Did you know that the trucking industry has some of the highest workers’ compensation claim rates due to its high frequency of injuries? In the United States, in Washington State alone, claims are so high that there is an initiative for preventing on the job injuries while promoting safety. They call it, the called the TIRES Initiative.
Injury rates in trucking are way above the state average for all other professional industries combined. Each year, 1 in 13 truck drivers in Washington state has a work-related injury serious enough that they have to miss work for a long period of time.
Truck drivers had more nonfatal injuries (over 151,000) than workers in any other occupation in 1995. 50% of the nonfatal truck accident injuries were serious sprains and strains; this may be attributed to the fact that many truck drivers must unload the goods they transport. (Source: According to Knestaut, A. Compensation and Working Conditions, 1997, Fall)
Work-related strains and sprains are injuries to muscles, tendons and nerves that are referred to by doctors and researchers as musculoskeletal disorders (MSDs). Strains and sprains can have many causes and each additional risk factor increases the likelihood of truck accident injuries. Some of these injuries are due to:
Contact with or being struck by an object
Repetitive use without adequate rest
Lifting heavy or awkward objects or boxes
Awkward postures such as reaching overhead for long periods of time
Gripping something tightly
Work-related strains and sprains are the most costly and most frequent injuries in the trucking industry.
Sprains, strains and overexertion accounted for the most trucking-related injuries, with costs exceeding $107 million and resulting in 576,000 lost-work days. About 70 percent of these injuries were to drivers. Many of the injuries occurred while connecting or disconnecting a trailer to the truck or opening stuck trailer doors.
Strains and sprains include:
Carpal tunnel syndrome (CTS)
Tennis elbow (epicondylitis)
Other common trucker injuries include bruises, fractures, cuts and lacerations, soreness and pain, and multiple traumatic injuries.
Of all these, the most common situations where truck accident injuries occur include:
Carpal tunnel injury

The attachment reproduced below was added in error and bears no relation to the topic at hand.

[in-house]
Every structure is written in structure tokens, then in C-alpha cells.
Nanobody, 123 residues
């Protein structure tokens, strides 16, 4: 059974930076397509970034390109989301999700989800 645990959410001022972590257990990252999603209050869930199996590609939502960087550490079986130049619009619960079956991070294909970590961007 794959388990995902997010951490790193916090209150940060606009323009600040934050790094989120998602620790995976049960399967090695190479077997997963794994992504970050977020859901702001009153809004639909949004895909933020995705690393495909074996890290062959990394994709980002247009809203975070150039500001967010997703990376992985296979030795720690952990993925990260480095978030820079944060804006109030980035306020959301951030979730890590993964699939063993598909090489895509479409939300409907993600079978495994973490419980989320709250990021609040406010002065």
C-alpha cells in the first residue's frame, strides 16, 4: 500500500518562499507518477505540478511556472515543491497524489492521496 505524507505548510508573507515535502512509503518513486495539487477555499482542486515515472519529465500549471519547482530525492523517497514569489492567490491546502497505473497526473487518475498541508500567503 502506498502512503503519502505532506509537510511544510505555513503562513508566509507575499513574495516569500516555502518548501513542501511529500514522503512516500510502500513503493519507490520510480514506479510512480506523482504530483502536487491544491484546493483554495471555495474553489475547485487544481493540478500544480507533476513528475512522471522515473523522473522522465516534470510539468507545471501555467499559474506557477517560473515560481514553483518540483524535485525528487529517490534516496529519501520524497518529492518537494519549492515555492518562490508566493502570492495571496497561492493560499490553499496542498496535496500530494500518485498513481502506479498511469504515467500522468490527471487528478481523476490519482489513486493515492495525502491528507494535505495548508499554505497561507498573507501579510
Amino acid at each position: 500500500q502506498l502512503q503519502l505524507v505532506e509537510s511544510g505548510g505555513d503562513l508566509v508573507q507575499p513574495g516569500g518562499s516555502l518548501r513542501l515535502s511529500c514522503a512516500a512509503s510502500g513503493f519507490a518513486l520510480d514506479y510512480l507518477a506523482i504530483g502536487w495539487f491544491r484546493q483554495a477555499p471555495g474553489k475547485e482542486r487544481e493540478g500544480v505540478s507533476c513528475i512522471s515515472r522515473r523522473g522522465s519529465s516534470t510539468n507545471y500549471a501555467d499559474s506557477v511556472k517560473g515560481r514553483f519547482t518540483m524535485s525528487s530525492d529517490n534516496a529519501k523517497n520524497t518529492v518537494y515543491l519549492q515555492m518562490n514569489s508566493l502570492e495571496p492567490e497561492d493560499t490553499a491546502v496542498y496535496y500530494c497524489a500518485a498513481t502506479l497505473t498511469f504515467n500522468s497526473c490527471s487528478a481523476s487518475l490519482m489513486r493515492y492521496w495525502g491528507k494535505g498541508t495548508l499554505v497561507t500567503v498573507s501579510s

Strained wrists from opening hard to open containers
Strains and back injuries from lifting and moving items or releasing 5th wheel to remove tractor from trailer
Slip and falls climbing in or out of the cap or trailer
Accidents while loading or unloading trailer
Slip and falls on docks
Crush injuries where part of load falls on driver
Workers’ compensation costs
41% of compensable claims are the result of strains and sprains to the neck, back and upper extremity (shoulders, elbows, hands/wrists)
The average cost for a claim is over $26,000
Average of 184 time-loss days
Compared to other industries
Couriers have almost four times the rate of work-related strains and sprains claims of all industries combined. Waste Collection has three and a half times the rate and General Freight trucking is close with almost two and a half times the rate of work-related strains and sprains of all other industries combined.
Work-related strains and sprains also increase the cost of hiring and training, increase turnover and decrease productivity. Sometimes workers are unable to return to their full wage jobs after such an injury or require extensive life-altering surgeries or treatments to recover
Take Steps to Equip truck drivers and operators with the proper tools needed to help them avoid injury.
To help offset these unwanted expenses we introduce OPNBar, a 3 in 1 shipping container safety leverage tool, tire thumper (aka tire beater), and 5th wheel release handle. Our product was originally designed for opening and closing truck trailers and shipping container doors with the safety for the operator foremost in mind. The OPNBar trucker tool, for instance can help avoid some injuries by providing an ergonomic means of opening shipping containers, checking for low pressure tires, and aiding operators in releasing the tractor from the trailer.
Educate truckers, equip them with the right tools, and teach them good health habits to keep them safe and healthy. These simple precautions can help companies avoid unexpected fees and missed work days.